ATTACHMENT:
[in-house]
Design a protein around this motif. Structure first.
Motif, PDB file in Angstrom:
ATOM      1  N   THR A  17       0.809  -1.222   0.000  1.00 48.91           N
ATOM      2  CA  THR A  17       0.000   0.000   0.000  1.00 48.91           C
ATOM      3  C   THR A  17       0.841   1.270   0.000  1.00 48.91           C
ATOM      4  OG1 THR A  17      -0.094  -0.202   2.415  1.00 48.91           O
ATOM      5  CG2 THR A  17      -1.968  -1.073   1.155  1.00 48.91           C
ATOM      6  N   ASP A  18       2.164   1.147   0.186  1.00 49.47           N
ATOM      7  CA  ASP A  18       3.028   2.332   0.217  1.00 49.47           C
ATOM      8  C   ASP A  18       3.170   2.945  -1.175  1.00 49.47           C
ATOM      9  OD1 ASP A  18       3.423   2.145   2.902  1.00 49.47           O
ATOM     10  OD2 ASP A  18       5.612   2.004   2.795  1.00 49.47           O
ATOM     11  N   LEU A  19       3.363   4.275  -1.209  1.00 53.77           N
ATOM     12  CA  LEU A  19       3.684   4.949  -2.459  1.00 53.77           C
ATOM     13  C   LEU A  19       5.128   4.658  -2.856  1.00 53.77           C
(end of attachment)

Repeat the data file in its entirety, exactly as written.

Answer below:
[in-house]
Design a protein around this motif. Structure first.
Motif, PDB file in Angstrom:
ATOM      1  N   THR A  17       0.809  -1.222   0.000  1.00 48.91           N
ATOM      2  CA  THR A  17       0.000   0.000   0.000  1.00 48.91           C
ATOM      3  C   THR A  17       0.841   1.270   0.000  1.00 48.91           C
ATOM      4  OG1 THR A  17      -0.094  -0.202   2.415  1.00 48.91           O
ATOM      5  CG2 THR A  17      -1.968  -1.073   1.155  1.00 48.91           C
ATOM      6  N   ASP A  18       2.164   1.147   0.186  1.00 49.47           N
ATOM      7  CA  ASP A  18       3.028   2.332   0.217  1.00 49.47           C
ATOM      8  C   ASP A  18       3.170   2.945  -1.175  1.00 49.47           C
ATOM      9  OD1 ASP A  18       3.423   2.145   2.902  1.00 49.47           O
ATOM     10  OD2 ASP A  18       5.612   2.004   2.795  1.00 49.47           O
ATOM     11  N   LEU A  19       3.363   4.275  -1.209  1.00 53.77           N
ATOM     12  CA  LEU A  19       3.684   4.949  -2.459  1.00 53.77           C
ATOM     13  C   LEU A  19       5.128   4.658  -2.856  1.00 53.77           C